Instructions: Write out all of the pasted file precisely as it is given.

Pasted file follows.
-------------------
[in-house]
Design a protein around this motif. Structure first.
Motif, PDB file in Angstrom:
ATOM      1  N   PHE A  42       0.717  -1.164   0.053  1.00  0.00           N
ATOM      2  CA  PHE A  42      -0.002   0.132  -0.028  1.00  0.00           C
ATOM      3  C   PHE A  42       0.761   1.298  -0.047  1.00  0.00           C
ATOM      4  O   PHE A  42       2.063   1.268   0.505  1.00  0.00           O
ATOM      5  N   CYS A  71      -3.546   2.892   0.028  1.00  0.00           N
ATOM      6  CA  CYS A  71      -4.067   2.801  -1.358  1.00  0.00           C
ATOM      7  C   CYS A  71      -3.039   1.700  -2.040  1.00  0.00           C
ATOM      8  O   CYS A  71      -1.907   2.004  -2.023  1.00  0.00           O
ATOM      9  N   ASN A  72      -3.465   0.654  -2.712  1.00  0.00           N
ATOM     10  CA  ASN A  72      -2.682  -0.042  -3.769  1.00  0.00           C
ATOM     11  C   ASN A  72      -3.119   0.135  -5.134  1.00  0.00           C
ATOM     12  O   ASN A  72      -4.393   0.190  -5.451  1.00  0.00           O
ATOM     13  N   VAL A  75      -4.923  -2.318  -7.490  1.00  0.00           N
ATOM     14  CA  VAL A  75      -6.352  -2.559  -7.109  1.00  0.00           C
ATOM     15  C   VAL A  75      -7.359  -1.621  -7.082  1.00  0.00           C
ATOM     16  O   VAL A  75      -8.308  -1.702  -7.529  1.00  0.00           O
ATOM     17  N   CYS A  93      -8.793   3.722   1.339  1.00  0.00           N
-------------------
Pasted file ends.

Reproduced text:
[in-house]
Design a protein around this motif. Structure first.
Motif, PDB file in Angstrom:
ATOM      1  N   PHE A  42       0.717  -1.164   0.053  1.00  0.00           N
ATOM      2  CA  PHE A  42      -0.002   0.132  -0.028  1.00  0.00           C
ATOM      3  C   PHE A  42       0.761   1.298  -0.047  1.00  0.00           C
ATOM      4  O   PHE A  42       2.063   1.268   0.505  1.00  0.00           O
ATOM      5  N   CYS A  71      -3.546   2.892   0.028  1.00  0.00           N
ATOM      6  CA  CYS A  71      -4.067   2.801  -1.358  1.00  0.00           C
ATOM      7  C   CYS A  71      -3.039   1.700  -2.040  1.00  0.00           C
ATOM      8  O   CYS A  71      -1.907   2.004  -2.023  1.00  0.00           O
ATOM      9  N   ASN A  72      -3.465   0.654  -2.712  1.00  0.00           N
ATOM     10  CA  ASN A  72      -2.682  -0.042  -3.769  1.00  0.00           C
ATOM     11  C   ASN A  72      -3.119   0.135  -5.134  1.00  0.00           C
ATOM     12  O   ASN A  72      -4.393   0.190  -5.451  1.00  0.00           O
ATOM     13  N   VAL A  75      -4.923  -2.318  -7.490  1.00  0.00           N
ATOM     14  CA  VAL A  75      -6.352  -2.559  -7.109  1.00  0.00           C
ATOM     15  C   VAL A  75      -7.359  -1.621  -7.082  1.00  0.00           C
ATOM     16  O   VAL A  75      -8.308  -1.702  -7.529  1.00  0.00           O
ATOM     17  N   CYS A  93      -8.793   3.722   1.339  1.00  0.00           N